Books, life the universe

Saturday, 14 April 2007

Money saving and Donna Leon

I was recently incensed to discover that if you order new books way in advance of publication date from Amazon you may well end up paying more than if you order close to or after publication. I am prone to order books by favourite authors as soon as they are listed. Now I shall just add them to my wish list and review that regularly so that I pay the lowest price possible. I have recently reviewed all my pre-publication orders and cancelled them where the price shown on the site is now less. Grhh!! But glad I spotted it.

For most books I will look on Amazon second hand listings and on EBay before I commit to buying new in any case. I keep a fairly tight rein on my book collection these days and only retain what I know I will want to read again. Anything else gets read and sold on Amazon or Ebay.

I'm very much into second hand stuff at the moment and I can't remember the last time I bought new clothes from a conventional shop. Even cheap prices strike me as expensive. I was conducting an interview this week and needed to look smart so I wore a black jacket I bought last year and had not worn. £10 on Ebay - if bought in a shop would have cost probably about £90 - and it was new!! It was an Elvi jacket and those of my readers who are familiar with clothes for 'traditionally built ladies' in Alexander McCall Smith's immortal phrase, will know how good their quality is and how expensive they are. In fact my whole outfit on that day cost less than my shoulder bag - which was expensive and was a Christmas present!

Donna Leon - I have just read her latest Brunetti novel - 'Suffer the little children'. Excellent as always though not perhaps up to the standard of 'Through a Glass Darkly'. A convoluted story offering several ethical dilemmas for Brunetti. This time, topically, illegal adoptions. If you have not read Donna Leon then I would thoroughly recommend her for complex characters and motives and the never less than honourable Brunetti himself and his firebrand wife Paola who we don't see enough of. Satisfying well written crime novels with violence only where it is necessary to the story. Love them.

Have just got hold of 'Dark hearts of Chicago' by William Horwood - I saw it reviewed on Dove Grey reader's blog - link above - and it seems like 'a good thing'. I will report when I have read it. Currently reading the never less than trenchant Theodore Dalrymple's 'Romancing Opiates' a polemic against the medicalisation of drug addiction. He's demolished for ever my lurid ideas of withrdawal symptoms - they only last about 3 days and are nothing like we're led to believe. I was fascinated by his quotes from Thomas De Quincy's 'Confessions of an English Opium Eater'. De Quincy apparently used Opium on a very occasional basis for 20 years before becoming an addict. More anon when I've digested it - if that's the right word to use?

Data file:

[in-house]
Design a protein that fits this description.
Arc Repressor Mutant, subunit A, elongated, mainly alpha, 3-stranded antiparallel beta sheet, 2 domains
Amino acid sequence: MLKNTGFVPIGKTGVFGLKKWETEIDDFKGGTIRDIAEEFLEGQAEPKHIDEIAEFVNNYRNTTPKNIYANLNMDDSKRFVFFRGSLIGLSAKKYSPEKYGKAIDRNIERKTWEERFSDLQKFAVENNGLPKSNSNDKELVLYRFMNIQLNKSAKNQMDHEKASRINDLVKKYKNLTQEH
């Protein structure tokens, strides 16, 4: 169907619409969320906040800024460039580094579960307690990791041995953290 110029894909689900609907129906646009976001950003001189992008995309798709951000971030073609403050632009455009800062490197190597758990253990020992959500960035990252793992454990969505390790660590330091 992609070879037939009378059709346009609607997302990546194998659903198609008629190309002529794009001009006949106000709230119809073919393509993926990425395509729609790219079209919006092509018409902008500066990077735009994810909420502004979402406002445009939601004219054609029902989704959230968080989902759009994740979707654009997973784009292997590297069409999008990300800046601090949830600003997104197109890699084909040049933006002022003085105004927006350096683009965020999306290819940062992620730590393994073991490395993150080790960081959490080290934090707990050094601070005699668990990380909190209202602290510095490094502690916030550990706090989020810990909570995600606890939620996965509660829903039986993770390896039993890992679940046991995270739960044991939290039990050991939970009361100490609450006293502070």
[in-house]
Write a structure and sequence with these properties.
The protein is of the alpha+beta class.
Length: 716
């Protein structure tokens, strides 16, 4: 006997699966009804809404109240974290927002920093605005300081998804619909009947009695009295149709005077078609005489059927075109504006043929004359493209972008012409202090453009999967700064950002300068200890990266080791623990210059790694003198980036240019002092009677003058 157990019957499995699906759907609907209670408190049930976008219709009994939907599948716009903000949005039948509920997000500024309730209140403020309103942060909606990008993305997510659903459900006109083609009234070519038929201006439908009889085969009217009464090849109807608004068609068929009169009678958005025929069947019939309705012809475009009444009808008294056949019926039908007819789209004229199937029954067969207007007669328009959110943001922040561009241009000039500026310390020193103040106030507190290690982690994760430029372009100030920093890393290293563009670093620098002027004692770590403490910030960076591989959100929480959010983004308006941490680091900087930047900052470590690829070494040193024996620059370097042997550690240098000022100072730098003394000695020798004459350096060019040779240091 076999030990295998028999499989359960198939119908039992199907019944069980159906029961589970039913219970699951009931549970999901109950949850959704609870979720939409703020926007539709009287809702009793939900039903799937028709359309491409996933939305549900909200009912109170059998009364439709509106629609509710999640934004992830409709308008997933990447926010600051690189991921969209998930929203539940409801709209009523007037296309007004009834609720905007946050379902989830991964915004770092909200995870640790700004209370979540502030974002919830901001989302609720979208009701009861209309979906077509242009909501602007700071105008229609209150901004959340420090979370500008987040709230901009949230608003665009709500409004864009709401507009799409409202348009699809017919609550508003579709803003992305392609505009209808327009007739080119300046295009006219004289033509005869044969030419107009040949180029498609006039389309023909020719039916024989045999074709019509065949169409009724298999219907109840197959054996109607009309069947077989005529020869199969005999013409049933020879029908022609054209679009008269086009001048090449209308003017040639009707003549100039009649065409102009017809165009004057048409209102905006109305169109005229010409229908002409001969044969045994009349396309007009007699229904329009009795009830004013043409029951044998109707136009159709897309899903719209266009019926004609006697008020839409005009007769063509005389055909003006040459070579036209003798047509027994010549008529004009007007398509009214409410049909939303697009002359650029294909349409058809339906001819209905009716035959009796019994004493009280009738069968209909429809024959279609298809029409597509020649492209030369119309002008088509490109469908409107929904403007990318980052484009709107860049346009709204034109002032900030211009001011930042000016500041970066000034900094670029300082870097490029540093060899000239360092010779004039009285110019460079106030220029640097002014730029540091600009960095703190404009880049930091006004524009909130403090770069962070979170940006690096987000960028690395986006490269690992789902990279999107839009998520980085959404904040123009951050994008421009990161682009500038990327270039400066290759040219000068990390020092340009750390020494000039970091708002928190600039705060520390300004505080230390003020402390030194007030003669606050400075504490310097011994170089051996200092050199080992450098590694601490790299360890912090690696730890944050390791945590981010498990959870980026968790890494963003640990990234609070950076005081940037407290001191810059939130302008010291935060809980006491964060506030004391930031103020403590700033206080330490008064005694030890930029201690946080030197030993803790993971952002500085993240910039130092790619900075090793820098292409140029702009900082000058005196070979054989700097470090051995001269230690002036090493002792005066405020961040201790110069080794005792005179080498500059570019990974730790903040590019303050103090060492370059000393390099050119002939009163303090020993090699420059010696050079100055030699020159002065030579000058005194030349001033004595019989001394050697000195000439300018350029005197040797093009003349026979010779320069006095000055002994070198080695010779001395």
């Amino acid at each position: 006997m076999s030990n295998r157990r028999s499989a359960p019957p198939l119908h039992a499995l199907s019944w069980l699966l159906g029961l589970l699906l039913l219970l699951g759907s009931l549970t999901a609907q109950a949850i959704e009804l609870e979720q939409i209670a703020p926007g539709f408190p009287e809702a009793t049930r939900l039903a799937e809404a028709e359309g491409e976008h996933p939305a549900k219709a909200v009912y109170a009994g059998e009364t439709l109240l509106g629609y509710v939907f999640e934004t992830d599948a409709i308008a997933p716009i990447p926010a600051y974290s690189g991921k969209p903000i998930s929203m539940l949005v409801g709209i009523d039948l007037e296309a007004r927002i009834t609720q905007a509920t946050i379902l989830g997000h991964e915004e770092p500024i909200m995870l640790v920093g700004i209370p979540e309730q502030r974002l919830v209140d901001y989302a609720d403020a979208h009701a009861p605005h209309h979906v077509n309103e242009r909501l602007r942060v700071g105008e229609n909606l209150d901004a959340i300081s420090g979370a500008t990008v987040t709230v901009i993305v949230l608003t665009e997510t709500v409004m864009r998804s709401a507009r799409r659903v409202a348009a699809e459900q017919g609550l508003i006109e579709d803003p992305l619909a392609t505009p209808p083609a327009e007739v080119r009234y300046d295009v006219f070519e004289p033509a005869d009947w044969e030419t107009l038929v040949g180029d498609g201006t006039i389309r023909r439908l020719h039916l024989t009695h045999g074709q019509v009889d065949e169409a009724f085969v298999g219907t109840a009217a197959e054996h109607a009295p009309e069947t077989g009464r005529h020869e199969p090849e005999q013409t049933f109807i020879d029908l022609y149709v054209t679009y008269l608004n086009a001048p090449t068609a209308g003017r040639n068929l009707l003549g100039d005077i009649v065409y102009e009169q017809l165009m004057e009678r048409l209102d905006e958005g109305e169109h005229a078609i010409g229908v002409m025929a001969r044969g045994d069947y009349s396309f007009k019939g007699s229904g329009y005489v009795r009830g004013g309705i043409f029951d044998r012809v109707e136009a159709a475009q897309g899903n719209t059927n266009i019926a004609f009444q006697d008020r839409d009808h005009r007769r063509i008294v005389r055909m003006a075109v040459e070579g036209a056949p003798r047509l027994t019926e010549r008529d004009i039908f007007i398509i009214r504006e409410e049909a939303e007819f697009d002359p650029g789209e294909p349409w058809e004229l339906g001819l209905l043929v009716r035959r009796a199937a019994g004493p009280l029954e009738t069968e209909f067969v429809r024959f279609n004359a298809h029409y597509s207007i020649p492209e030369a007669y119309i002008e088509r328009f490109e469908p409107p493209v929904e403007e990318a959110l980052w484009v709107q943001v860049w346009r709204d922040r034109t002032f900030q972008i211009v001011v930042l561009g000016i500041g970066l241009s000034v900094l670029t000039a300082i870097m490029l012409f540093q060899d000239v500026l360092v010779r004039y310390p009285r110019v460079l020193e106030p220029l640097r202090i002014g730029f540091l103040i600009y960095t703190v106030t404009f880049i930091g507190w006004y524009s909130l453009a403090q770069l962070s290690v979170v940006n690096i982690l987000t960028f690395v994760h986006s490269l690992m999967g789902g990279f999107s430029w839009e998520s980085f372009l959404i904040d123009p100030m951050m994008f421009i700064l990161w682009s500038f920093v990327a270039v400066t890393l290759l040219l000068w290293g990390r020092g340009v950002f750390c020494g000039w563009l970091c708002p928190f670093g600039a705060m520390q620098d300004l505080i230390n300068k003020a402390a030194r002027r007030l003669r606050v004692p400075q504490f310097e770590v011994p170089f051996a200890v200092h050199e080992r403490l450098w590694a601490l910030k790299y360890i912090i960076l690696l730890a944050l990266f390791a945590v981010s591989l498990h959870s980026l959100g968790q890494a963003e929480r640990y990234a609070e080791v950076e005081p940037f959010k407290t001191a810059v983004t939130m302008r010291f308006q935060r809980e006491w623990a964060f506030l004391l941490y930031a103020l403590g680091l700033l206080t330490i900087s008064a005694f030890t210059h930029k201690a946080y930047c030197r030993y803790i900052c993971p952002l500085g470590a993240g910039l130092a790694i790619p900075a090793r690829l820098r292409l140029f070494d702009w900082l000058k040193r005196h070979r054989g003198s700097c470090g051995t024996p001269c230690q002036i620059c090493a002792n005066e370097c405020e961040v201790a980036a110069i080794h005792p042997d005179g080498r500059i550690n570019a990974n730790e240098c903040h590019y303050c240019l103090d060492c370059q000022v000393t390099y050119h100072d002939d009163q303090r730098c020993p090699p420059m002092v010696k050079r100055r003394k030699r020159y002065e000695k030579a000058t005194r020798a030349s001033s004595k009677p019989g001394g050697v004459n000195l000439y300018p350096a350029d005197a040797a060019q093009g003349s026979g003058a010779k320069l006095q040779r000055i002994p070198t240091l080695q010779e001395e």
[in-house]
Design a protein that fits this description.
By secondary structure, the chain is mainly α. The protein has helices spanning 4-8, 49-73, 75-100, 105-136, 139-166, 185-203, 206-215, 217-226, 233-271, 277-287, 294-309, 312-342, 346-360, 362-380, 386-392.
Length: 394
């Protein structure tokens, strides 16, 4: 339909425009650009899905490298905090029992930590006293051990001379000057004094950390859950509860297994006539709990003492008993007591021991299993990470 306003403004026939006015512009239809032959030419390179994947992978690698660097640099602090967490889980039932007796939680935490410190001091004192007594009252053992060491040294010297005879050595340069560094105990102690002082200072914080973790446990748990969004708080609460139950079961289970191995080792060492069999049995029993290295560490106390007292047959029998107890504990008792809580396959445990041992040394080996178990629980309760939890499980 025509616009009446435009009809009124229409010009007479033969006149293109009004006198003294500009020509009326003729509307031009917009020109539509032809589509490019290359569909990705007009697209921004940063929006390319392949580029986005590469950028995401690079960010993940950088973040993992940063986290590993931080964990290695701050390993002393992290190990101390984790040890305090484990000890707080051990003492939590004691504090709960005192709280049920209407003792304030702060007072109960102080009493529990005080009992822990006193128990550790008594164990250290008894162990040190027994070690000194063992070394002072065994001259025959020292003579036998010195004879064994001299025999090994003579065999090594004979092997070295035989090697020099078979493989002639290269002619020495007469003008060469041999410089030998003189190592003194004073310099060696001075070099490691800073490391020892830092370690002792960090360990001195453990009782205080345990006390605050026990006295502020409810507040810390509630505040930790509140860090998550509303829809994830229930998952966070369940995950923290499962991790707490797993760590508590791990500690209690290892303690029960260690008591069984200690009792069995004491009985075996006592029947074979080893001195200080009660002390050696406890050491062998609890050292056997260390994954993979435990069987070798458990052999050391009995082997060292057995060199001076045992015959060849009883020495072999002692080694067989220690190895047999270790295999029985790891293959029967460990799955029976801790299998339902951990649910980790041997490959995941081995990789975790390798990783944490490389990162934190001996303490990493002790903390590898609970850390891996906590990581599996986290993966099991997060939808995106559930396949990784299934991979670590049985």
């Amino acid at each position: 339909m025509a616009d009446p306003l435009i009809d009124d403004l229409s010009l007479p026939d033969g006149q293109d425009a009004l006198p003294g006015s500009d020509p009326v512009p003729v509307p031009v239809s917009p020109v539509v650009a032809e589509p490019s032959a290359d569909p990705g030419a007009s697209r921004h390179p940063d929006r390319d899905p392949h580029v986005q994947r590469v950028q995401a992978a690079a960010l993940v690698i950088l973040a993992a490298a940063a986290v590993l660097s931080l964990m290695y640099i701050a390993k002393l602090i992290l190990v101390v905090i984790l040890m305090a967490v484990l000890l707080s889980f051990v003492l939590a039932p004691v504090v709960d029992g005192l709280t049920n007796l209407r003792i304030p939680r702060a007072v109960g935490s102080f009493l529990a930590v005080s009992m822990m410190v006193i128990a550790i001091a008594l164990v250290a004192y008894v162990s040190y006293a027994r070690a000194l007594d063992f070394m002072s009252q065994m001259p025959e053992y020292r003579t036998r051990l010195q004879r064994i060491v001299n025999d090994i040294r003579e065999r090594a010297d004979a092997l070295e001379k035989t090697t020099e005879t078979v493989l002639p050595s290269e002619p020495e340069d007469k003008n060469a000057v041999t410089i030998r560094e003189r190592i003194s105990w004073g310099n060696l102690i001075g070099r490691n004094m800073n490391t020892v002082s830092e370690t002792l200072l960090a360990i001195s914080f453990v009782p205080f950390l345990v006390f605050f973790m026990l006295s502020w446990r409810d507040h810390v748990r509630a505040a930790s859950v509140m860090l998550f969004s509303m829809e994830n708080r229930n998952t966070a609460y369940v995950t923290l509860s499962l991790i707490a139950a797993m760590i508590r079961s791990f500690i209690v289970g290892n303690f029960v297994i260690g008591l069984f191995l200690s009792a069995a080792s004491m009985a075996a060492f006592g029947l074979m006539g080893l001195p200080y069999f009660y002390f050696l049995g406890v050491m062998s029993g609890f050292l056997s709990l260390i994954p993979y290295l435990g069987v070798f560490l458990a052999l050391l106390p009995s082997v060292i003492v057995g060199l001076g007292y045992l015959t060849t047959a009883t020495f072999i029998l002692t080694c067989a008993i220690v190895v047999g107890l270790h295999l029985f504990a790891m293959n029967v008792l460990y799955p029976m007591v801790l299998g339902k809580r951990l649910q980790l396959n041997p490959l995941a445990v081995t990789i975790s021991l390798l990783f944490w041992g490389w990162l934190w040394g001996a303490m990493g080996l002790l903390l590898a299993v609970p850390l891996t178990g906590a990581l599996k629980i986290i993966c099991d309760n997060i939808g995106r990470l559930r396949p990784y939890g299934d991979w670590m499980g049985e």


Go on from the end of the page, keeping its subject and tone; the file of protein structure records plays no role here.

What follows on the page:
Monday, 9 April 2007


It worked!! Well little things please little minds.

New links added I hope . . .

I have just added some links to the template so I hope they will show up - if not it's back to the drawing board!


I finished reading 'Ghostwalk' by Rebecca Stott in less than 24 hours. I found it gripping reading. Lydia returns to Cambridge at the request of a former lover to complete his mother's magnum opus about Sir Isaac Newton. Naturally enough her relationship with the married Cameron takes on a new lease of life. Unfinished business from the past becomes mixed up with dangerous goings on in the present. Neither the reader nor Lydia is sure who they can trust completely. Is Will (short for Willow) really all she seems? What is Dilys Kite - a clairvoyant - really up to? Above all who is the spectral presence with white hair and a red gown and what does he want with Lydia? I was left with the feeling that even the narrator wasn't wholly to be trusted. The book has stayed in my mind for several days now and I'm still wondering whether the real murderer was put on trial.
It's a combination of murder mystery and ghost story set in a background of Cambridge academia, and very well written. The cover is a work of art with a shimmering quality to it which really sums up the book quite well.

Friday, 6 April 2007

Book Lover

I'm in the process of reading 'Book Lover' by Jennifer Kaufman and Karen Mack. It is American which did not endear it to me, but the synopsis did, so I put aside my prejudices and got a copy. This is someone who turns to books for comfort and looks for her answers to all life's problems between the covers of a book.